Ron is proof that you don’t need to be afraid to travel with IPF, if you are prepared. If you Google “Ron Flewett UK” you can find several videos and articles about, and by, Ron. Sharon Lee, CPFF’s Executive Director, met him and his wife earlier this spring at a European Idiopathic Pulmonary Fibrosis and Related Disorder Federation (EU-IPFF) conference.
CPFF has plenty of information about travelling with IPF on its website here.
- Always take your medications in your carry-on if flying, in its original packaging. You don’t want them in your checked baggage, in case it is lost or delayed. Keeping it in its original packaging helps with security at border crossings.
- Always take a supply of antibiotics.
- Take extra medication in case of travel delays.
- Check with an immunization clinic and/or your doctor to be sure you have the appropriate vaccines for your destination and that you can tolerate getting them if necessary. (CPFF has more information about IPF and vaccines here.)
- Carry a small bottle of hand sanitizer and use it often to reduce infection.
- Always get travel insurance. You may need to inform your provider of the pre-existing condition of IPF, but ask what they consider a terminal illness, if they ask if your illness is terminal. IPF is life limiting, but not terminal. This may vary with insurance firms, but some consider terminal illness as one that your doctor has said you have less than a year to live.
- Be sure to take your insurance coverage paperwork with you in your carry-on luggage when flying. Make sure you and your travelling companions have the emergency number your insurance company gives you.
- Create three copies of a list of your emergency contacts, insurance information and your doctor’s name and phone number. One copy is for you, one for your travelling companion and one to leave with someone at home.
- CPFF has more information about IPF and travel insurance here.
- Research your accommodations, for instance if a hotel is at the top of hill, or has no elevators, you may want to consider an alternative.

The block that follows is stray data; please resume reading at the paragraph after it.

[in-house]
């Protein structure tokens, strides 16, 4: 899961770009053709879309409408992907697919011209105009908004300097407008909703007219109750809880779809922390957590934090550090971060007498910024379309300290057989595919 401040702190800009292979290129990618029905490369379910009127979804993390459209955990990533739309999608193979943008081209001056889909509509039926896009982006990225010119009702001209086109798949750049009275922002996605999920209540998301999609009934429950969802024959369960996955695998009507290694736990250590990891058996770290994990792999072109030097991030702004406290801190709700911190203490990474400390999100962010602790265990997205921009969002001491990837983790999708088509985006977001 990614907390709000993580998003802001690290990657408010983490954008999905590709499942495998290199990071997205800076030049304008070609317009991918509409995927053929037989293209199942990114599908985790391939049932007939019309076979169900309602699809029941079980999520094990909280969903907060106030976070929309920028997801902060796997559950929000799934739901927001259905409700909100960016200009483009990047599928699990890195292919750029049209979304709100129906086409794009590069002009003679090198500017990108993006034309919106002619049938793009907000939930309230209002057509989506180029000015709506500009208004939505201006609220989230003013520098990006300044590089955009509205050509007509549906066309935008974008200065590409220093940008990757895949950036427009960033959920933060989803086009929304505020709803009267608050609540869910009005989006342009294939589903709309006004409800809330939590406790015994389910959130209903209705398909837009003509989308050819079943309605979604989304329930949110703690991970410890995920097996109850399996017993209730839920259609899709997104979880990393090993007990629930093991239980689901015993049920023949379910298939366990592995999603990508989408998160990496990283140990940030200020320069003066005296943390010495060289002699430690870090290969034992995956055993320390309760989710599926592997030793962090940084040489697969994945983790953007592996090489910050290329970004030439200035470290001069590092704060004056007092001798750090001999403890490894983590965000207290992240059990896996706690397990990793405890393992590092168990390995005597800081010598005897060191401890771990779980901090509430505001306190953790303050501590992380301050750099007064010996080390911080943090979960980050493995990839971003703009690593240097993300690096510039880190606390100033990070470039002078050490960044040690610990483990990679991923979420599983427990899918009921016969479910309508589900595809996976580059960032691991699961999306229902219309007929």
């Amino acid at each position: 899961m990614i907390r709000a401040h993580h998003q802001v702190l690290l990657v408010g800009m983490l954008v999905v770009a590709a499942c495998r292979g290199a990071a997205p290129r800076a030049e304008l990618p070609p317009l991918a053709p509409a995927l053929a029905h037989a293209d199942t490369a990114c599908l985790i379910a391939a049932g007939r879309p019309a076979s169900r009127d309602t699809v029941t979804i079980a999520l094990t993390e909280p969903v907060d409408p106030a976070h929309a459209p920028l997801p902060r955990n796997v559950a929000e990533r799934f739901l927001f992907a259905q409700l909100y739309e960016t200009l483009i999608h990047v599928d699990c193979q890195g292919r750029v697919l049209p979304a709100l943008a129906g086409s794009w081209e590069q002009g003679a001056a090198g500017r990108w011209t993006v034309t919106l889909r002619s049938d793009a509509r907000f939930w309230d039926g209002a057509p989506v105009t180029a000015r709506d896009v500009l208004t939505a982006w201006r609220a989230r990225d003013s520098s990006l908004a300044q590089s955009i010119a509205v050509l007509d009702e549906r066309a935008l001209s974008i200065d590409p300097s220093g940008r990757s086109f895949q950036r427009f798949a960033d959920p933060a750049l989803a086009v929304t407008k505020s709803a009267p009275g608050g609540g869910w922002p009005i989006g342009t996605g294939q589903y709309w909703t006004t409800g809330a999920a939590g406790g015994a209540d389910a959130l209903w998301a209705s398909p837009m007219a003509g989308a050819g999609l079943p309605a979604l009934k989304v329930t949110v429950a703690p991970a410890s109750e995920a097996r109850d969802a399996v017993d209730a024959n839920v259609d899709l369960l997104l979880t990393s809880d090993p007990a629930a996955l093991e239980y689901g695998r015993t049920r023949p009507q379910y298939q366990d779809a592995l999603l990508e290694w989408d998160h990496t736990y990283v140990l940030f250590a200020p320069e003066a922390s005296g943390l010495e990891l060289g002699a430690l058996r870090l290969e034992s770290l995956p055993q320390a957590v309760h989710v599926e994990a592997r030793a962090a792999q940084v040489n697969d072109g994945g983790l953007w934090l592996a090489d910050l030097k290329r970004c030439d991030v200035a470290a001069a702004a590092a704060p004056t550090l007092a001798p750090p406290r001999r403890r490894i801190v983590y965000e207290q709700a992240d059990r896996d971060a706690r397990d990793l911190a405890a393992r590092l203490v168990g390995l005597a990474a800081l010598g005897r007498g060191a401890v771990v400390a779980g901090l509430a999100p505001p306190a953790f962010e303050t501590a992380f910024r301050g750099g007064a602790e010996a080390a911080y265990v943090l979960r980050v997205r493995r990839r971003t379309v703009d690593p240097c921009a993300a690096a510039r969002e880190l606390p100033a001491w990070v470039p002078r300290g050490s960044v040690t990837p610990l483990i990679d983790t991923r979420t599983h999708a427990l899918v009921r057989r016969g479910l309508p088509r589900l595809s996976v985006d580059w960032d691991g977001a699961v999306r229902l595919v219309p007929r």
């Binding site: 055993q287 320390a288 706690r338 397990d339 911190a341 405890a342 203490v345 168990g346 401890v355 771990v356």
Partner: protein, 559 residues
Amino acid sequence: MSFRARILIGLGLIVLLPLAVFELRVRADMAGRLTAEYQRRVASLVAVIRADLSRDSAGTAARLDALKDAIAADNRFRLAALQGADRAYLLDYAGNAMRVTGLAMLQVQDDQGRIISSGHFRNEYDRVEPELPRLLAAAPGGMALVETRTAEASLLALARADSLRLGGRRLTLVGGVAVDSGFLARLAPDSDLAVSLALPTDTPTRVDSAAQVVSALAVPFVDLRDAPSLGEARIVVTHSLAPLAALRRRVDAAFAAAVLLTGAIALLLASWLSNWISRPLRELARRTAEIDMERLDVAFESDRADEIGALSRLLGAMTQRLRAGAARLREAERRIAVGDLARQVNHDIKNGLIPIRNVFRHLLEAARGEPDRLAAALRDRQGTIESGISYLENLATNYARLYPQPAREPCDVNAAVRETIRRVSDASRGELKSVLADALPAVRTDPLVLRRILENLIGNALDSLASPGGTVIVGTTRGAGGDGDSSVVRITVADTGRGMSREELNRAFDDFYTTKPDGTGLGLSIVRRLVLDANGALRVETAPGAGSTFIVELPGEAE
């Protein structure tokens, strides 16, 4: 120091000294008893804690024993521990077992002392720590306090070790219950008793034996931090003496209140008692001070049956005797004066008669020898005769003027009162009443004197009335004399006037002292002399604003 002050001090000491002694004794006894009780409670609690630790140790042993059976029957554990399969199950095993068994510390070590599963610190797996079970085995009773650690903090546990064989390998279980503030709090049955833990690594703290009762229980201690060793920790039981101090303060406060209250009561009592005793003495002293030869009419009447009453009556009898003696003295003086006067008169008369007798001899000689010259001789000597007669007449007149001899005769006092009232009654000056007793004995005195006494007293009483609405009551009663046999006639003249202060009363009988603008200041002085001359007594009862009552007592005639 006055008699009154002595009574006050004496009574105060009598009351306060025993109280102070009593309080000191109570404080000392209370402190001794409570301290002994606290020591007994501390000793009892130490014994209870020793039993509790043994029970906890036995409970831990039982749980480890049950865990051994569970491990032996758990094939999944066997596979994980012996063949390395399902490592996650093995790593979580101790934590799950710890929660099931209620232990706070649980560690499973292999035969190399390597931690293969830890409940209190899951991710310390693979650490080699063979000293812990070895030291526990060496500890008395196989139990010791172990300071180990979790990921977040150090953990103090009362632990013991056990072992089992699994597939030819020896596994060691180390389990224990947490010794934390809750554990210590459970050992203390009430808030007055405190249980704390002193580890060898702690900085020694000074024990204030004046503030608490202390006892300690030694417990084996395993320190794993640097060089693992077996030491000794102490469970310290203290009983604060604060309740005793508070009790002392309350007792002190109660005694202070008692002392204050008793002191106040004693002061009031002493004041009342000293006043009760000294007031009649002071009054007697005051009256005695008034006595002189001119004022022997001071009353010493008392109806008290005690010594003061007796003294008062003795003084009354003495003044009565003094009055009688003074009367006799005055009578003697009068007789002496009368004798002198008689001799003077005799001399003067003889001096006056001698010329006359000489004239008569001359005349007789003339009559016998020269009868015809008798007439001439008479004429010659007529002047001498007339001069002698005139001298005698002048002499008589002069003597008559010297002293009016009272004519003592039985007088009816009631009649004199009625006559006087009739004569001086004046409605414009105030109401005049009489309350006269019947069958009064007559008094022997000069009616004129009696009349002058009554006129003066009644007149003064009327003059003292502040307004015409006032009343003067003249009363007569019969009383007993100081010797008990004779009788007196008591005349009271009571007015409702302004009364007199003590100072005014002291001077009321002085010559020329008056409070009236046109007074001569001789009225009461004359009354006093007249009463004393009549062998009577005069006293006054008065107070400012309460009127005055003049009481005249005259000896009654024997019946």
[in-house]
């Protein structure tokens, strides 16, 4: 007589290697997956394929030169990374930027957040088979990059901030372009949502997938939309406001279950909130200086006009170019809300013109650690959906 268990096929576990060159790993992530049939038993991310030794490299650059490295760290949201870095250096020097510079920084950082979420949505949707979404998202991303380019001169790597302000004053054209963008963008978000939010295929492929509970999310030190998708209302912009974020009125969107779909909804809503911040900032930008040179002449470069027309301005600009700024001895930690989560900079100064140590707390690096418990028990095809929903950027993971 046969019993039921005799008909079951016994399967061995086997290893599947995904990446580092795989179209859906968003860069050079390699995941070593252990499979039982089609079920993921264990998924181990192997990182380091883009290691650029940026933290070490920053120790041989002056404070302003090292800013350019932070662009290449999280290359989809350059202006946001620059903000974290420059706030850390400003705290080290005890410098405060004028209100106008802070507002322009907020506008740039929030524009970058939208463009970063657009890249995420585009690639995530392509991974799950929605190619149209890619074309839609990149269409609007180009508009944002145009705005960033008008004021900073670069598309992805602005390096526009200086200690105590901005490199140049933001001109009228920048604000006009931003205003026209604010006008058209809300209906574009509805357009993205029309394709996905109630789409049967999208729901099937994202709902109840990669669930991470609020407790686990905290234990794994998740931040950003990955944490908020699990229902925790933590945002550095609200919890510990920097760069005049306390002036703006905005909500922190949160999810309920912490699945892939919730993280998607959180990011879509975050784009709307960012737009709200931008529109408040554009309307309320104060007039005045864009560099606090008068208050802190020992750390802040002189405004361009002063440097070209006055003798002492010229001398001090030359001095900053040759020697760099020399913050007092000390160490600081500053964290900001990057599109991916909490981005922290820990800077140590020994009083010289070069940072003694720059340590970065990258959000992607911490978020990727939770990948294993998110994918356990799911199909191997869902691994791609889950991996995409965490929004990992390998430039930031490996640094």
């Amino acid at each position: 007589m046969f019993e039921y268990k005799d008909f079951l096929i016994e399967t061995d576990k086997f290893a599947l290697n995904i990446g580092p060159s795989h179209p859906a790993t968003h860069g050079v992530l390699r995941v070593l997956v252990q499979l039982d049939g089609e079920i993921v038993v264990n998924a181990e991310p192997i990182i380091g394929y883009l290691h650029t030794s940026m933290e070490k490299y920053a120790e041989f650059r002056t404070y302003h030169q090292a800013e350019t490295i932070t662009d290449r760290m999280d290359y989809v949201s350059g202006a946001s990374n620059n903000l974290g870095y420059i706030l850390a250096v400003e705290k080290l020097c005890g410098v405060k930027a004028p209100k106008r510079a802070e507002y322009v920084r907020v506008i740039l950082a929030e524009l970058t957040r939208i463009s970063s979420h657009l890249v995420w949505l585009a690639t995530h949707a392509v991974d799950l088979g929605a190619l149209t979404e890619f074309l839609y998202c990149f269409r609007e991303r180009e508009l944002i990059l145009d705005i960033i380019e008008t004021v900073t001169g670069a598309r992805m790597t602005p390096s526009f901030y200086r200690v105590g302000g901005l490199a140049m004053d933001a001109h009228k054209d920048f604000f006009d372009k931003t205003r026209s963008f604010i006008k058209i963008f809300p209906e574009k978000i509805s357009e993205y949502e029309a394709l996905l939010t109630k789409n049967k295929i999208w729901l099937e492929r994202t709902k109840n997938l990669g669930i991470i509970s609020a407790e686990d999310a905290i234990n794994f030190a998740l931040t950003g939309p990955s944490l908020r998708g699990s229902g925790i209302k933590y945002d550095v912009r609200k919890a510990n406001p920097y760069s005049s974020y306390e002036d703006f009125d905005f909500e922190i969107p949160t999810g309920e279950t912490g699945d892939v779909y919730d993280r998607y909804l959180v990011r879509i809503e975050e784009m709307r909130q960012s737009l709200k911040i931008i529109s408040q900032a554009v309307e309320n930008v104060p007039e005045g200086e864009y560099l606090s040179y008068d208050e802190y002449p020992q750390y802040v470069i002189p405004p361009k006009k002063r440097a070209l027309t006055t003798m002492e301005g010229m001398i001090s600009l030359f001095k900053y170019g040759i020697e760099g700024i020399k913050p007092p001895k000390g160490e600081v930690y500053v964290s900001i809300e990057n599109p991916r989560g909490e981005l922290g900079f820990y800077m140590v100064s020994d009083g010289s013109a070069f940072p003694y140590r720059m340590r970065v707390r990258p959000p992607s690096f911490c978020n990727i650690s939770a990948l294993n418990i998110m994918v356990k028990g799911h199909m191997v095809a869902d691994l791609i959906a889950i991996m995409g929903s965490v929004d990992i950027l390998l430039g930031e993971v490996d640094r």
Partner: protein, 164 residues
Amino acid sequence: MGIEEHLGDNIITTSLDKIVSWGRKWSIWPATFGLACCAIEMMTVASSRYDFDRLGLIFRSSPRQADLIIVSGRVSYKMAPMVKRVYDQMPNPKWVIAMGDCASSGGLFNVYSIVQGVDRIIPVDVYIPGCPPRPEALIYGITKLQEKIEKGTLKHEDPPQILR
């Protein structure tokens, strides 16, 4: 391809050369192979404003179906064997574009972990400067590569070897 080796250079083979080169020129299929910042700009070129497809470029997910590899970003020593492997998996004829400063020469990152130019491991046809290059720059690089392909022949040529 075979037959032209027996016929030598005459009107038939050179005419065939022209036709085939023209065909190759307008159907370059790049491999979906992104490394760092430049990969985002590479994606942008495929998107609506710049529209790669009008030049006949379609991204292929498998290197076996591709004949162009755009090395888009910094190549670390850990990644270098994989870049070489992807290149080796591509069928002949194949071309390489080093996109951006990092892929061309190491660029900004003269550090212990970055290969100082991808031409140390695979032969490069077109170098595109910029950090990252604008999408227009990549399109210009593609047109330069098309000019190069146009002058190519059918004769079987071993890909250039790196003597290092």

- Check on the weather conditions at your destination. It can affect your breathing and coughing. Try to avoid sudden changes in temperature, which can increase coughing.
- Make sure the activities, or excursions, you plan are within your physical limits.
- If you are in an air conditioned room, putting a water-based nose lubricant (not Vaseline) at end of your nose at night can help stop your nose from blocking up and sore throats. Please note: If you are on oxygen, do not use a lubricant on your nose.
- Wet a towel and leave in the room during night. This will help retain humidity in the room.
- If you are going out for the evening, turn the air conditioning down low, to help retain moisture in the room until you return.
- At hotels and resorts, eat in the main restaurants and not at the buffet. There is less chance of picking up infections.
- Avoid touching “germ magnets” such as hand rails on stairs and doorknobs. Use elevators or escalators whenever possible. This also helps conserve your energy for other activities.
- Always wash fruit.
Clarke Family Walk for Pulmonary Fibrosis
Join the Clarke family on Sunday September 15, 2019, in Calgary, Alberta for the Clarke Family Walk for Pulmonary Fibrosis in support of the Canadian Pulmonary Fibrosis Foundation.
The Clarke family has several members living with PF. Help them raise awareness and funds to continue the work of the CPFF for a better future. For more information and to register, click here.
Scotiabank Charity Challenge
- Halifax – June 6th to 9th, 2019. Click here for more information and to register.
- Toronto – October 20th, 2019. Click here for more information and to register.
We need volunteers to help solicit walkers and runners for the above events that are willing to collect pledges. Our goal is to raise $15,000 at each event. Please contact Executive Director, Sharon Lee at [email protected], if you’re able to help out.
Blow Bubbles for Pulmonary Fibrosis Month
September is Pulmonary Fibrosis Month, when we band together to increase awareness of PF in communities across the country. The Blow Bubbles for Pulmonary Fibrosis campaign is one way you can get involved in a fun and easy way.
If you are gathering with friends and family this summer, have them blow bubbles with you and post (pictures and/or videos) onto our Facebook page in September. Use with the hashtag #CPFFBubbles.
Share your story of who you are blowing bubbles for, by sending your story and pictures to [email protected]
Contact media in your community asking them to broadcast, write about and take pictures of you and your group blowing bubbles and raising awareness of pulmonary fibrosis.
Light up your community landmarks for Pulmonary Fibrosis Month
Time is running out to ask your community to light up a landmark in your community – clock tower, town hall, sports facility, etc. – during September for Pulmonary Fibrosis Month. If you need assistance to make such a request, contact CPFF Executive Director Sharon Lee at [email protected].
Earlier this spring, CPFF received an Upper Canada Medal from the Toronto General & Western Hospital Foundation in recognition of our contributions to research. To date, CPFF has granted the foundation more than $430,000 for a number of IPF research initiatives.
You can read the results of one of these CPFF-funded research projects in the May 2019 newsletter here.